The early Christian church was motivated by a secret that it is hard for us to discover today.  How could such a little, feeble, unknown, almost infamous band face so staggering a task as the conversion of the Roman world?  And yet they did it boldly, confidently, triumphantly, victoriously.  And in a comparatively short while, as human history goes, they subverted the whole empire.  You never saw a devotee of Venus, or of Apollos, or of Dionysius, or of Demeter, or of Jupiter, or of Jove, or of Janus; you never saw a worshiper at an oracle of Apollo or at Delphi, and yet in the day when these men, a handful, faced the civilized world, it was the stated religion.  And anyone who didn’t bow down before the gods of the empire was looked upon as an enemy of the emperor, and he paid for it usually with his life.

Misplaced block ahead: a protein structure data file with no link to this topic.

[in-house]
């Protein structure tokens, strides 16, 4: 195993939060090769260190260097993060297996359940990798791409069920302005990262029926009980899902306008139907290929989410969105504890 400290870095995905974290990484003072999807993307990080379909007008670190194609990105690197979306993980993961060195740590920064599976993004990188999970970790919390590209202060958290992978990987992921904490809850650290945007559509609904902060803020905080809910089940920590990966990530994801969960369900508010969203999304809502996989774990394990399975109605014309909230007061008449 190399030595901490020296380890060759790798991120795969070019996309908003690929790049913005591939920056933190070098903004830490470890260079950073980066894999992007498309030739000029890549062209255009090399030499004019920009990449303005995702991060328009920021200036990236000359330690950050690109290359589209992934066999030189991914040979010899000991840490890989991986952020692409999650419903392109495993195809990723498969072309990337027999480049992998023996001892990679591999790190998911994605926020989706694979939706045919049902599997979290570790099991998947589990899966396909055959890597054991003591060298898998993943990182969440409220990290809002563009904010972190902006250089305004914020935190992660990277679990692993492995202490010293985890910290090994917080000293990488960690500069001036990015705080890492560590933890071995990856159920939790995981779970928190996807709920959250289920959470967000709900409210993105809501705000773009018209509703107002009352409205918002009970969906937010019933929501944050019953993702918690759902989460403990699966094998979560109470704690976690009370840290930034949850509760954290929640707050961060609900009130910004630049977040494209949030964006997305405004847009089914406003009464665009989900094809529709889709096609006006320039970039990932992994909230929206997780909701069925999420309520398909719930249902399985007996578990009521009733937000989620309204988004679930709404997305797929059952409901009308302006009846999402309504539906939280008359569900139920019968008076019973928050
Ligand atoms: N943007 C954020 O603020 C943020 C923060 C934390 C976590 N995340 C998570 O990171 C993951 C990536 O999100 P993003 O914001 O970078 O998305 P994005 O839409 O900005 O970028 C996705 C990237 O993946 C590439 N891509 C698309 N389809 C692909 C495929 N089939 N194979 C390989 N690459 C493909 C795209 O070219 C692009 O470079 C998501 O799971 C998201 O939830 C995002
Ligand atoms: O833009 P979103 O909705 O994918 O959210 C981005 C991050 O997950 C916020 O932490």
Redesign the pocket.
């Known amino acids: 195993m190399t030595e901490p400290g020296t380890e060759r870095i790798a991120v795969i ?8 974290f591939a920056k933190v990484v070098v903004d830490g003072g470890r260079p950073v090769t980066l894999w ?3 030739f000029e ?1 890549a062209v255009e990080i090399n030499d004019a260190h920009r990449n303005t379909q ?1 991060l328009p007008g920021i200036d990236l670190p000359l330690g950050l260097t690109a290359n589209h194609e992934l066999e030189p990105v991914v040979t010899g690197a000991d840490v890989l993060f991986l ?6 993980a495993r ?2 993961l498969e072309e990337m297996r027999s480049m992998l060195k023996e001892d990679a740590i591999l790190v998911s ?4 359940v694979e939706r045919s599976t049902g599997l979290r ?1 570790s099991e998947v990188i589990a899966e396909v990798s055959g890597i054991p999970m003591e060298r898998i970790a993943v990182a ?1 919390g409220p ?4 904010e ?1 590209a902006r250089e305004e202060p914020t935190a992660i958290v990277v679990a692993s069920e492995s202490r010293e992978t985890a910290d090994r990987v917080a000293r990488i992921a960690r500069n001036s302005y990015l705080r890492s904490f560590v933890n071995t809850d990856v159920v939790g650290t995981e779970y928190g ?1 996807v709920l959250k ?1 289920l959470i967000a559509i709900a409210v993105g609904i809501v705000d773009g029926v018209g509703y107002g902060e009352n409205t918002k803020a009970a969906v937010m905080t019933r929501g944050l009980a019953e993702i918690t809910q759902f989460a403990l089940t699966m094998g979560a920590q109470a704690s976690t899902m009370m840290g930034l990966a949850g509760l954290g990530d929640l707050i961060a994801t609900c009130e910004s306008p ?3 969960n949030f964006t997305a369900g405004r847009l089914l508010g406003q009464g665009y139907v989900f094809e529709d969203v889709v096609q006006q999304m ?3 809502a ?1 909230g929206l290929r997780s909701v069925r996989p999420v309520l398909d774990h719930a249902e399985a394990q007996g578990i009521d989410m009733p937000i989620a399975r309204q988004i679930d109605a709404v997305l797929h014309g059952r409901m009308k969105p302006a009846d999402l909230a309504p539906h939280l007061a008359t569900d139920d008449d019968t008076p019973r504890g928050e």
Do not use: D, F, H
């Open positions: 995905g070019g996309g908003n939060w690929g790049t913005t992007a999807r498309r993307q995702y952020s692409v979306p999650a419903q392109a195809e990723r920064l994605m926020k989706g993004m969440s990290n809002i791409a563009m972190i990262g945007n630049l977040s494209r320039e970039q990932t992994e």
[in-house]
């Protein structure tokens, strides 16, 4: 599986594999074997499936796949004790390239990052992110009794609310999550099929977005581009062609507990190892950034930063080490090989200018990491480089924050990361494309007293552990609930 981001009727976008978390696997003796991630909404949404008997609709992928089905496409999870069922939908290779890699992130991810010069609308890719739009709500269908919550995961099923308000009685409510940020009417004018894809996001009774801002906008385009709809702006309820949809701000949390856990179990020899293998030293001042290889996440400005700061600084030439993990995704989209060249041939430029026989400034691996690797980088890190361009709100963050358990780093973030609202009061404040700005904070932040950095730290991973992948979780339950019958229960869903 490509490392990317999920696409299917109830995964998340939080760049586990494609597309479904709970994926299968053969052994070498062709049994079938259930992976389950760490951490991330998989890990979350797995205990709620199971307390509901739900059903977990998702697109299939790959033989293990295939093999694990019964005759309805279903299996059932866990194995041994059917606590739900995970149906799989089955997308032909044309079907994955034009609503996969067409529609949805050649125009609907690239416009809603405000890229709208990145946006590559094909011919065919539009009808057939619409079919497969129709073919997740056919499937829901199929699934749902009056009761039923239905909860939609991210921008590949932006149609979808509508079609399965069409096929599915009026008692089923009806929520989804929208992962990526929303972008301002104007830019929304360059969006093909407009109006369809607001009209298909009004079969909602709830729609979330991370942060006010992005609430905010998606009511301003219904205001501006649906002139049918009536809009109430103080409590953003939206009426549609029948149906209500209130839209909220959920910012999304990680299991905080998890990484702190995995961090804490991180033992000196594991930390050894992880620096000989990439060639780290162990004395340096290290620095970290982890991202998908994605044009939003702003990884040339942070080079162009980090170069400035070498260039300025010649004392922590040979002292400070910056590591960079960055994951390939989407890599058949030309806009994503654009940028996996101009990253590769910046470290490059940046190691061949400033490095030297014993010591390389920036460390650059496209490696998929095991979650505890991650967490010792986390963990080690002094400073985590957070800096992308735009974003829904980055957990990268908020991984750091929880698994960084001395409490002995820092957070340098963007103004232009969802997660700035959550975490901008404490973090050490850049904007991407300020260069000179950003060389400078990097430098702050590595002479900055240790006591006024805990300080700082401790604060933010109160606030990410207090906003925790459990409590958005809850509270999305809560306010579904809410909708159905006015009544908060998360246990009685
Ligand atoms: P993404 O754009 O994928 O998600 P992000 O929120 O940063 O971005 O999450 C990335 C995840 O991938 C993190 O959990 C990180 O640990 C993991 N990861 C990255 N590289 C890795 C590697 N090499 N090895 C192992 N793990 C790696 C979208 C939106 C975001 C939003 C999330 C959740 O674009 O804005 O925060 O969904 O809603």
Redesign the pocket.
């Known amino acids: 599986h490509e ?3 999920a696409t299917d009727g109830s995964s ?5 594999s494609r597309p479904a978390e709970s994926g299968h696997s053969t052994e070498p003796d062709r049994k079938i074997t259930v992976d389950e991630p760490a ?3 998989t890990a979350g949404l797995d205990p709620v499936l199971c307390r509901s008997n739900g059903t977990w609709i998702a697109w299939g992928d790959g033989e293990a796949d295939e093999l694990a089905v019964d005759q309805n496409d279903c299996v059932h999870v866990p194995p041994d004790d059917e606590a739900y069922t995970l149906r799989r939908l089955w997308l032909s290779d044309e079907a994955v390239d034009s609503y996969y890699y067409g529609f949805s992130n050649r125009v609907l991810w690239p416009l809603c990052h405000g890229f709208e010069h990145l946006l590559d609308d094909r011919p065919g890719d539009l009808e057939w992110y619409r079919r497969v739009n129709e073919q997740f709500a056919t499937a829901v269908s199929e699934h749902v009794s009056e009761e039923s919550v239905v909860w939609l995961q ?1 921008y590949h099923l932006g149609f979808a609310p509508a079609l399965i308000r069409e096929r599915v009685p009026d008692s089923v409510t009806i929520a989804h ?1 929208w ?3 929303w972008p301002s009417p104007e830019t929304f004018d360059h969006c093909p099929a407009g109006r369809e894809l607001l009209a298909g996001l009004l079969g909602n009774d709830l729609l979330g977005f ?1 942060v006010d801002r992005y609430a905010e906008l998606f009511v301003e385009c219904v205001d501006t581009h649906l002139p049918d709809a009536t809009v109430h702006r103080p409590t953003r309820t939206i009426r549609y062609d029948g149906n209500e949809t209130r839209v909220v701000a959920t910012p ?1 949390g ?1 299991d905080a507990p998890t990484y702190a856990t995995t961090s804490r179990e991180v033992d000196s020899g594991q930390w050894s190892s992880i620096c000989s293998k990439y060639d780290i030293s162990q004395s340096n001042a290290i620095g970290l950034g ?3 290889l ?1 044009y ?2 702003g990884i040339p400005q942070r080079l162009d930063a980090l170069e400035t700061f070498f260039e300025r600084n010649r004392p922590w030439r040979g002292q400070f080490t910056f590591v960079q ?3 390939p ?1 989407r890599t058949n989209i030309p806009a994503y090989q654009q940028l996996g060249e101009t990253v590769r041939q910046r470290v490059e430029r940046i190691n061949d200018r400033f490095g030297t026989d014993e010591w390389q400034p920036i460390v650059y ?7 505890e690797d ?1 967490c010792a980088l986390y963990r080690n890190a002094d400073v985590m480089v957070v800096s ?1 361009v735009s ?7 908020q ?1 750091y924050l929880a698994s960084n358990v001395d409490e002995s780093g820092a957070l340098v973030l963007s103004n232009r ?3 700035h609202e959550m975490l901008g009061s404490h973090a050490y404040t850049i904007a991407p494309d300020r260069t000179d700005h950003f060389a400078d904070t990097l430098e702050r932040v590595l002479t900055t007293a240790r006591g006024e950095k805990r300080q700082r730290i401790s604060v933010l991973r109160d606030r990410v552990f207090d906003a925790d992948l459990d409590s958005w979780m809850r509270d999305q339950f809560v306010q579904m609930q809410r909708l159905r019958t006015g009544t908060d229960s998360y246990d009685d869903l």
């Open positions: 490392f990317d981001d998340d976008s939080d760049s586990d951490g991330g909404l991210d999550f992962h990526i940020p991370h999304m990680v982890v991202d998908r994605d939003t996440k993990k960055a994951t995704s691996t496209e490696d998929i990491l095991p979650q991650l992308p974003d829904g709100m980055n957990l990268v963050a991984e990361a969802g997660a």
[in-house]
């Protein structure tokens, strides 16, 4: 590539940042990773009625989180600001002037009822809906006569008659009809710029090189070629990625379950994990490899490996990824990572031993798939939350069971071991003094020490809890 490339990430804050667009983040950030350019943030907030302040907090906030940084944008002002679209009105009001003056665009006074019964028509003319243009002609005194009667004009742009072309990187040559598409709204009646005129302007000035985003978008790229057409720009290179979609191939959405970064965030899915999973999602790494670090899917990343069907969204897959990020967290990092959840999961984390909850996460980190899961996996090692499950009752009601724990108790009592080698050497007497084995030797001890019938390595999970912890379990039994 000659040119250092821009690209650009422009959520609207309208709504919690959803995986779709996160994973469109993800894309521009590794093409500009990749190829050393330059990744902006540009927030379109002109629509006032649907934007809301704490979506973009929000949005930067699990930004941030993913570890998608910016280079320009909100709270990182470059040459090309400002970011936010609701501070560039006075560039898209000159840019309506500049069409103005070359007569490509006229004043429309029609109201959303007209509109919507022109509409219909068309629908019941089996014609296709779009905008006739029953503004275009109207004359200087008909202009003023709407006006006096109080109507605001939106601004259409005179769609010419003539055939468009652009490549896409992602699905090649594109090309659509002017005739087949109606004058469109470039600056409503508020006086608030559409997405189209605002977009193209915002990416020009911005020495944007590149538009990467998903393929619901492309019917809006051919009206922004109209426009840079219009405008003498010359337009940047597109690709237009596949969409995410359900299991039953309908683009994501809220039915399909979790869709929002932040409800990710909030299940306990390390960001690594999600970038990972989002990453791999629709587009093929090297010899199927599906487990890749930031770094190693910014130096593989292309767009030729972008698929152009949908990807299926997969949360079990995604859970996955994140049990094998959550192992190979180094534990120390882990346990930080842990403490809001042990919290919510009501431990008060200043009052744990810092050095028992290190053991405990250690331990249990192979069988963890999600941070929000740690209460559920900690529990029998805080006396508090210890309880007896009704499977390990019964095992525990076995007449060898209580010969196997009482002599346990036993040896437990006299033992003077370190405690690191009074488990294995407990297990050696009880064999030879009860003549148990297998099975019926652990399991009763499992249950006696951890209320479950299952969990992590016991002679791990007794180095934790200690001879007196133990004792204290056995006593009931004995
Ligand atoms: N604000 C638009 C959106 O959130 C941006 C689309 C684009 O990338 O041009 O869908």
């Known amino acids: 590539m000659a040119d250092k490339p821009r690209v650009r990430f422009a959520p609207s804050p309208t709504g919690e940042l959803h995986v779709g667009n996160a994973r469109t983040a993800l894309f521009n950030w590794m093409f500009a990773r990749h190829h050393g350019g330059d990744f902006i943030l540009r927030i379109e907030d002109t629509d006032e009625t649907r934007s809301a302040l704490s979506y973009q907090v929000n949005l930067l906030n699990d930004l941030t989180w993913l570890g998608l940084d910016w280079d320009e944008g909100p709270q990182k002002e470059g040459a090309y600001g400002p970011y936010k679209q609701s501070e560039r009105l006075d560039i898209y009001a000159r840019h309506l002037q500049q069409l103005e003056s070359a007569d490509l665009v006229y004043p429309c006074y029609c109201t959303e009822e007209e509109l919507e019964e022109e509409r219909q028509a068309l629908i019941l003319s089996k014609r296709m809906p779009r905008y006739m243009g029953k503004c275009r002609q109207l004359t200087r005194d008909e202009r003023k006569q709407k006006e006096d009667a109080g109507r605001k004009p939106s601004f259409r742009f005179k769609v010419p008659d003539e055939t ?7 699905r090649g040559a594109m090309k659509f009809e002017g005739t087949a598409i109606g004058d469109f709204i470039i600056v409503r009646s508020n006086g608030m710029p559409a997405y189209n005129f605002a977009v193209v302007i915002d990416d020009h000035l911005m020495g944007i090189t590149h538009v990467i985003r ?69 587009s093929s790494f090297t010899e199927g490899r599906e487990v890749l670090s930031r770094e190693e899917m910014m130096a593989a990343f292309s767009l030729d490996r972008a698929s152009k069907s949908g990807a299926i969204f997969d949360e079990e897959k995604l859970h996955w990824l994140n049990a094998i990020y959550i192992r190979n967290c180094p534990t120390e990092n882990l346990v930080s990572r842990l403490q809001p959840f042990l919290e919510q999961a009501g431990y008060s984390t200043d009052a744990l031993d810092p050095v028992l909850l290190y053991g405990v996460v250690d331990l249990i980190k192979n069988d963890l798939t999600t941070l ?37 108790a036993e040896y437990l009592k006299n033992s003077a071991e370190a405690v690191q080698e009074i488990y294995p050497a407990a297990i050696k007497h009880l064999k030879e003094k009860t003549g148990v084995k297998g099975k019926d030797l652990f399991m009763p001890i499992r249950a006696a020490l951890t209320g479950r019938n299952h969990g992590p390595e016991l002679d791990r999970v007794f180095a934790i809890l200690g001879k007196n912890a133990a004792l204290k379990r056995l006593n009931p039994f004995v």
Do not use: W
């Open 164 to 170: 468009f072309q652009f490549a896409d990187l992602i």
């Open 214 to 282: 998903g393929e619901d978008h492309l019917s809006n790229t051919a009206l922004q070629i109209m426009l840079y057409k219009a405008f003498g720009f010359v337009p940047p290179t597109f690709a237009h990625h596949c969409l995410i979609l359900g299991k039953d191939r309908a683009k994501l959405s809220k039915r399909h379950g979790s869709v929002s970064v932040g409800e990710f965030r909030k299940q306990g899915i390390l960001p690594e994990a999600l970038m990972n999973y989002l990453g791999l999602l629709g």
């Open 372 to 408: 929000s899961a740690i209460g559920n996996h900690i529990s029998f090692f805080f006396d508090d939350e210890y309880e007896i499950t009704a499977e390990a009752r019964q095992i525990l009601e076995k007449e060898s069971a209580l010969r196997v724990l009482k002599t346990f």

Yet these men, so few and so feeble, faced that world:  the amphitheaters with their lions, the Roman soldiers with their crosses, and those cruel and terrible dungeons.  They faced it, and did it, I say, boldly and in confidence and finally in triumphant victory.  What is the secret of that?

I don’t see it today.  Our mission work on these foreign fields goes for a hundred and a hundred fifty and two hundred years, and in five years a communist army will sweep out of Russia and wipe it all away, and what’s left is a vestigial remnant.  What we couldn’t do in two hundred years, a communist can do almost overnight.  What was that thing?  What was the secret of that unusual and holy energy that so moved and motivated those early Christians that they turned the world right side up?